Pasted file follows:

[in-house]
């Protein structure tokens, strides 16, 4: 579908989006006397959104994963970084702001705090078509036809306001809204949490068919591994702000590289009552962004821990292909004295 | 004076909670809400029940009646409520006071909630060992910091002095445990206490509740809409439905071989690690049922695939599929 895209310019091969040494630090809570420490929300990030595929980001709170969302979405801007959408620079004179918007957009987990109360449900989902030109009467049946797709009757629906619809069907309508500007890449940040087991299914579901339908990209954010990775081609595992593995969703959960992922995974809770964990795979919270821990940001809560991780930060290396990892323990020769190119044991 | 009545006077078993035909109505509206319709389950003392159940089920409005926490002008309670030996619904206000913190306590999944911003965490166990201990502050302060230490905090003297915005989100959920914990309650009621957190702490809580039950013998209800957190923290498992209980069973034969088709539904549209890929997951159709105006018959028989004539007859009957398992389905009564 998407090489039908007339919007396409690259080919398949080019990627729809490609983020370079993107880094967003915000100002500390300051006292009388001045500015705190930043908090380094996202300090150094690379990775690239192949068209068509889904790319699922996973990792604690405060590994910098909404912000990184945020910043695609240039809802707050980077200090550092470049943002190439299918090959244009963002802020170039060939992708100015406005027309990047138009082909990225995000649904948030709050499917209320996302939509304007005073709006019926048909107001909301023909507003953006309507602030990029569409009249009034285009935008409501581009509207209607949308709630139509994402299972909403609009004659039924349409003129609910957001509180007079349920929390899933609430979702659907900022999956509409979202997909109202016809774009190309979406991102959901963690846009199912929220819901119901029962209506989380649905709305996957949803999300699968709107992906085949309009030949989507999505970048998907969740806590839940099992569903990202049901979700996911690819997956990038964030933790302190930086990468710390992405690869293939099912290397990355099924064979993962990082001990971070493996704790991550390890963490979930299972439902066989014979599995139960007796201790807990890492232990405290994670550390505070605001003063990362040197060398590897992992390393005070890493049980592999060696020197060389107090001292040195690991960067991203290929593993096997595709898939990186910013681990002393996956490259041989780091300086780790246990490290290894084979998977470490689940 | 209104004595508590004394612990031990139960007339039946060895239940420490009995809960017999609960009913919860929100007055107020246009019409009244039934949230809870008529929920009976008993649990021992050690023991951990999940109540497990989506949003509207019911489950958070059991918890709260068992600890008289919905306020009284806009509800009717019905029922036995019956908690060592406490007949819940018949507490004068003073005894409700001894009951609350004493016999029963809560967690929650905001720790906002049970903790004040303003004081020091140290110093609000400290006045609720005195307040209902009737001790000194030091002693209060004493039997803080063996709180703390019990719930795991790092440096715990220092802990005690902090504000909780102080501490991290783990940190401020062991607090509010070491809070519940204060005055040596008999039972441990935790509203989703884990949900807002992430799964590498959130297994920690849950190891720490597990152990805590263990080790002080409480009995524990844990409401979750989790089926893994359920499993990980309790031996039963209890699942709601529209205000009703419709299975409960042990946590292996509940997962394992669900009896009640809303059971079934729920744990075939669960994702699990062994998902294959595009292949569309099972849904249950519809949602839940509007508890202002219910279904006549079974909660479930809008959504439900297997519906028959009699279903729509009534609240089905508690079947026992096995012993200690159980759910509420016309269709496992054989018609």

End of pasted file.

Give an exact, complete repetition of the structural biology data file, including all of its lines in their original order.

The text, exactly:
[in-house]
């Protein structure tokens, strides 16, 4: 579908989006006397959104994963970084702001705090078509036809306001809204949490068919591994702000590289009552962004821990292909004295 | 004076909670809400029940009646409520006071909630060992910091002095445990206490509740809409439905071989690690049922695939599929 895209310019091969040494630090809570420490929300990030595929980001709170969302979405801007959408620079004179918007957009987990109360449900989902030109009467049946797709009757629906619809069907309508500007890449940040087991299914579901339908990209954010990775081609595992593995969703959960992922995974809770964990795979919270821990940001809560991780930060290396990892323990020769190119044991 | 009545006077078993035909109505509206319709389950003392159940089920409005926490002008309670030996619904206000913190306590999944911003965490166990201990502050302060230490905090003297915005989100959920914990309650009621957190702490809580039950013998209800957190923290498992209980069973034969088709539904549209890929997951159709105006018959028989004539007859009957398992389905009564 998407090489039908007339919007396409690259080919398949080019990627729809490609983020370079993107880094967003915000100002500390300051006292009388001045500015705190930043908090380094996202300090150094690379990775690239192949068209068509889904790319699922996973990792604690405060590994910098909404912000990184945020910043695609240039809802707050980077200090550092470049943002190439299918090959244009963002802020170039060939992708100015406005027309990047138009082909990225995000649904948030709050499917209320996302939509304007005073709006019926048909107001909301023909507003953006309507602030990029569409009249009034285009935008409501581009509207209607949308709630139509994402299972909403609009004659039924349409003129609910957001509180007079349920929390899933609430979702659907900022999956509409979202997909109202016809774009190309979406991102959901963690846009199912929220819901119901029962209506989380649905709305996957949803999300699968709107992906085949309009030949989507999505970048998907969740806590839940099992569903990202049901979700996911690819997956990038964030933790302190930086990468710390992405690869293939099912290397990355099924064979993962990082001990971070493996704790991550390890963490979930299972439902066989014979599995139960007796201790807990890492232990405290994670550390505070605001003063990362040197060398590897992992390393005070890493049980592999060696020197060389107090001292040195690991960067991203290929593993096997595709898939990186910013681990002393996956490259041989780091300086780790246990490290290894084979998977470490689940 | 209104004595508590004394612990031990139960007339039946060895239940420490009995809960017999609960009913919860929100007055107020246009019409009244039934949230809870008529929920009976008993649990021992050690023991951990999940109540497990989506949003509207019911489950958070059991918890709260068992600890008289919905306020009284806009509800009717019905029922036995019956908690060592406490007949819940018949507490004068003073005894409700001894009951609350004493016999029963809560967690929650905001720790906002049970903790004040303003004081020091140290110093609000400290006045609720005195307040209902009737001790000194030091002693209060004493039997803080063996709180703390019990719930795991790092440096715990220092802990005690902090504000909780102080501490991290783990940190401020062991607090509010070491809070519940204060005055040596008999039972441990935790509203989703884990949900807002992430799964590498959130297994920690849950190891720490597990152990805590263990080790002080409480009995524990844990409401979750989790089926893994359920499993990980309790031996039963209890699942709601529209205000009703419709299975409960042990946590292996509940997962394992669900009896009640809303059971079934729920744990075939669960994702699990062994998902294959595009292949569309099972849904249950519809949602839940509007508890202002219910279904006549079974909660479930809008959504439900297997519906028959009699279903729509009534609240089905508690079947026992096995012993200690159980759910509420016309269709496992054989018609």